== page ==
The Religious Coalition for Reproductive Choice (RCRC) celebrates the decision by HHS Secretary Kathleen Sebelius on January 20, 2012 to reaffirm the importance of contraceptive services as essential to the new health care plans and requiring that most religious employers comply with it. We recognize this is a victory for many women, but her decision not to extend this coverage to all Americans, no matter the religious perspective of their employer, is disappointing. All women deserve access to affordable birth control.
The Sebelius decision permits some religious institutions to refuse to provide contraceptive services if they are devoted to worship and employ and serve people of the same faith. Other religiously-affiliated nonprofits and employers will be required to offer contraceptive coverage with no co-pays or deductibles. In her ruling, Sebelius finalized rules proposed on August 3, 2011. She also allowed some religiously-based institutions to have an additional year to comply with the ruling.
We believe contraceptive services are critical for women’s reproductive health, regardless of religious affiliation. RCRC supports individual decision making about the use of contraception, based on the exercise of an individual’s conscience and values. The Sebelius decision reaffirms the critical need for contraceptive coverage by limiting the types of religiously-based institutions that can refuse to offer these contraceptive services to a narrow group. [Emphasis added.]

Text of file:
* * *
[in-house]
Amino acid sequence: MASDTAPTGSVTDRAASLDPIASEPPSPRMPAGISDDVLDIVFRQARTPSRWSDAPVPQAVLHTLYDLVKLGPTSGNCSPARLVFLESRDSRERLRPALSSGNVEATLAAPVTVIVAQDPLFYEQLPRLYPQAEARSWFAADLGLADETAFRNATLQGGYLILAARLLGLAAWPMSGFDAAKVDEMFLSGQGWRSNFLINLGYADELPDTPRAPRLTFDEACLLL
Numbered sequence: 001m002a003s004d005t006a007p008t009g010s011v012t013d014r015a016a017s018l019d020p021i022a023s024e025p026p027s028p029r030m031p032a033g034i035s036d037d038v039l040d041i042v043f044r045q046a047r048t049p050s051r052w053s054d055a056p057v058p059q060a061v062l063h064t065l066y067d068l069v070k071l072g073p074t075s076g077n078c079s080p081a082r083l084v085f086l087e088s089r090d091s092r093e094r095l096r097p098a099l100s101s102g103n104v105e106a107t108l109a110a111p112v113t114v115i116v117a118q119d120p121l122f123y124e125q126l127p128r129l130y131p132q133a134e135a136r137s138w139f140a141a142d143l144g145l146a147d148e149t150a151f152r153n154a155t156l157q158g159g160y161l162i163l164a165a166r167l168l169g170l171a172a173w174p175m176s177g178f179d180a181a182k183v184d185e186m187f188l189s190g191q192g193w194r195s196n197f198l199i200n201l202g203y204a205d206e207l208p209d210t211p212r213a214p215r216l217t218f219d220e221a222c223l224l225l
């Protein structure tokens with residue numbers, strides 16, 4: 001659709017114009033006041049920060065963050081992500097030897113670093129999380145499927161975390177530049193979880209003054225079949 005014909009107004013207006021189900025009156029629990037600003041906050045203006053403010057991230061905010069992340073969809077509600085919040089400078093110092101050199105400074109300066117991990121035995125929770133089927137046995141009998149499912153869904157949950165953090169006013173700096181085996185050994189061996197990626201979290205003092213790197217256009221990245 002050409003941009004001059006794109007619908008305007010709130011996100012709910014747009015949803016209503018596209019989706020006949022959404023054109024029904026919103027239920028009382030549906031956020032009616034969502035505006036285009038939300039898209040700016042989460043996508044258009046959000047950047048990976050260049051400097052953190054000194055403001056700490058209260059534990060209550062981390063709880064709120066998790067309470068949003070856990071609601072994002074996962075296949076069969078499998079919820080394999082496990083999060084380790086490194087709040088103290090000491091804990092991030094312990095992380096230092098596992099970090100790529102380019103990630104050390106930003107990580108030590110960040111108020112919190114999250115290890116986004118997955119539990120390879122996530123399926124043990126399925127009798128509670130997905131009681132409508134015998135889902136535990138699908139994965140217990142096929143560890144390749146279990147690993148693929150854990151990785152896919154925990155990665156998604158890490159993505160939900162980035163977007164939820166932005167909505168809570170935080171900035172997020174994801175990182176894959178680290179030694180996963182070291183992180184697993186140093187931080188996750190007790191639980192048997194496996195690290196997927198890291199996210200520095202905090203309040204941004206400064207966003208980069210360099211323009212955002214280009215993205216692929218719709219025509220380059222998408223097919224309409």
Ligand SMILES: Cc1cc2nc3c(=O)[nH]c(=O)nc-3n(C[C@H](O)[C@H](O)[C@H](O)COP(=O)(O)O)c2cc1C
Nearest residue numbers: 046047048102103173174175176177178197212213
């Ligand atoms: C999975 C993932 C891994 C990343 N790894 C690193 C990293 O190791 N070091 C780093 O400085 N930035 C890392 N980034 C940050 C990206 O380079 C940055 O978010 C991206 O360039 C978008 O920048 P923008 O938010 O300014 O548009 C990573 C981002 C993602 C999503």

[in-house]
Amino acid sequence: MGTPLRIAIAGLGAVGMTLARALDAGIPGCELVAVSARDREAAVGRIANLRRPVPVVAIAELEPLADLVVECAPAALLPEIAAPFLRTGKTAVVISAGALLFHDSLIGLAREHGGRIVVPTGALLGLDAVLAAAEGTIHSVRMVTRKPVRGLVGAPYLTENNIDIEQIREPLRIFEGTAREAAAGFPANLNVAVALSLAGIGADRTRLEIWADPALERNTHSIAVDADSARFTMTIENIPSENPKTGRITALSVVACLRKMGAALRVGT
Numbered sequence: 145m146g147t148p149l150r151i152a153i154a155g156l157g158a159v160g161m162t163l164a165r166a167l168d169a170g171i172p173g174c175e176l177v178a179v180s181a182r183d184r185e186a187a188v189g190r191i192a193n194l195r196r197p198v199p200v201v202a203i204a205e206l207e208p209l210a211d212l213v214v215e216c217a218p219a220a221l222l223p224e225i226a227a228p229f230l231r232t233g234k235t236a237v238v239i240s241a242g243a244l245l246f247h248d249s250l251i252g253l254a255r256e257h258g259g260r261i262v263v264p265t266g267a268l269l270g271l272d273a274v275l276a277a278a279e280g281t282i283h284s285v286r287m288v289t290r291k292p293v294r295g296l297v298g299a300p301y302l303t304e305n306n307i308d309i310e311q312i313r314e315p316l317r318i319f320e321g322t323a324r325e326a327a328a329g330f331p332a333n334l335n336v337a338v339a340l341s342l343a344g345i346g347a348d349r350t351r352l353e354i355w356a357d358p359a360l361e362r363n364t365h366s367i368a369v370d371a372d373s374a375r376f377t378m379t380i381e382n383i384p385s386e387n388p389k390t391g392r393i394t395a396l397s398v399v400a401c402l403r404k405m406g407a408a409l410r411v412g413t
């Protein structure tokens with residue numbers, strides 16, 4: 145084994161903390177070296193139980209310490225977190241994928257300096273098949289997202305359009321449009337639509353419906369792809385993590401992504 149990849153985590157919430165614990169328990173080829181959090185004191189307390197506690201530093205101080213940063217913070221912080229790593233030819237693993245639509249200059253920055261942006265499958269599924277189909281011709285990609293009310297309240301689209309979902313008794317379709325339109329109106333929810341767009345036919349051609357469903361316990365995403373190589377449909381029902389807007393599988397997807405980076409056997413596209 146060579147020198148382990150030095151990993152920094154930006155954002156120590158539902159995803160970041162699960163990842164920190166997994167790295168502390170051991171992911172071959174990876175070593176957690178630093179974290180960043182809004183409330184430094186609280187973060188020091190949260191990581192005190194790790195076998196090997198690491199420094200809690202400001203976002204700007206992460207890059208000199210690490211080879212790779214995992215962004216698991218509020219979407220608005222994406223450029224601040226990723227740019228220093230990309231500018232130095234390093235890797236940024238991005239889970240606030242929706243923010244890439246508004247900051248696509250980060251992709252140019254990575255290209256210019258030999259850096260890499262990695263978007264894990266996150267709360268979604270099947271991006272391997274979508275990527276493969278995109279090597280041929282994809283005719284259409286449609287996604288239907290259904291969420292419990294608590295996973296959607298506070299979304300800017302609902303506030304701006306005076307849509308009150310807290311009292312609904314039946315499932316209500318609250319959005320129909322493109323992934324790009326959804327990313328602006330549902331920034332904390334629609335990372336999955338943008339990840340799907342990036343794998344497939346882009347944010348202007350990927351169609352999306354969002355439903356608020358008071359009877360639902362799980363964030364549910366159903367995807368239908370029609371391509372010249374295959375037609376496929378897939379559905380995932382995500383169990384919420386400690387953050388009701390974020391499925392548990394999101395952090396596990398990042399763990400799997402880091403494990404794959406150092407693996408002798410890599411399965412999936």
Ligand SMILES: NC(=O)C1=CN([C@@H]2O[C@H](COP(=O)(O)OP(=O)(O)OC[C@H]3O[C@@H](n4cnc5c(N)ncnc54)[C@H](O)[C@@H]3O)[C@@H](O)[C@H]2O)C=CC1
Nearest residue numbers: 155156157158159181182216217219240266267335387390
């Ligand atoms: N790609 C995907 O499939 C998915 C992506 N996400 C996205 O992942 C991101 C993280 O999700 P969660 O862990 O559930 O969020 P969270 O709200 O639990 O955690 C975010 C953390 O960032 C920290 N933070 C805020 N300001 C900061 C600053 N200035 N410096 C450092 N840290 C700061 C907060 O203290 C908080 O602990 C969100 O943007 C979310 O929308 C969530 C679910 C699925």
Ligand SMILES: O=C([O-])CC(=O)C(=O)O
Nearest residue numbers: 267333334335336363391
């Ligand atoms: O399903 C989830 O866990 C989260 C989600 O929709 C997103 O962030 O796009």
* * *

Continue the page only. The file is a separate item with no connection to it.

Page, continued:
The RCRC, you’ll remember, includes the Episcopal Church, UCC, PCUSA, and General Board of Church and Society and Women’s Division of the United Methodist Church. They apparently stand for the power of the government to force their fellow Christians to bow the knee to Caesar and deny their Lord.
Planned Parenthood certainly doesn’t like exempting those religious Neanderthals, according to head honcho Cecile Richards:
The Obama administration reached this decision after hearing from major medical societies, patient advocates, members of Congress, and, most importantly, regular Americans who disagreed with efforts to undermine the birth control benefit. Indeed, a small but vocal group of women’s health opponents launched a campaign to pressure the administration to exempt religiously affiliated universities, hospitals, social service agencies, and schools from the birth control benefit. The law already allows religious organizations like churches and church associations to deny birth control coverage for their employees–an exemption Planned Parenthood disagrees with. But that wasn’t enough for opponents of contraception….
No employer should dictate whether their workers have access to affordable birth control, especially since it’s basic health care. [Emphasis added.]
The grand poobah of NARAL Pro-choice America doesn’t put it as baldly as these, but it’s still clear where she wants to go:
“All women should have access to contraceptive coverage, regardless of where they work,” said Nancy Keenan, president of NARAL Pro-Choice America. “The administration stood firm against intensive lobbying efforts from anti-birth-control organizations trying to expand the refusal option even further to allow organizations and corporations to deny their employees contraceptive coverage. As a result, millions will get access to contraception—and they will not have to ask their bosses for permission.” [Emphasis added.]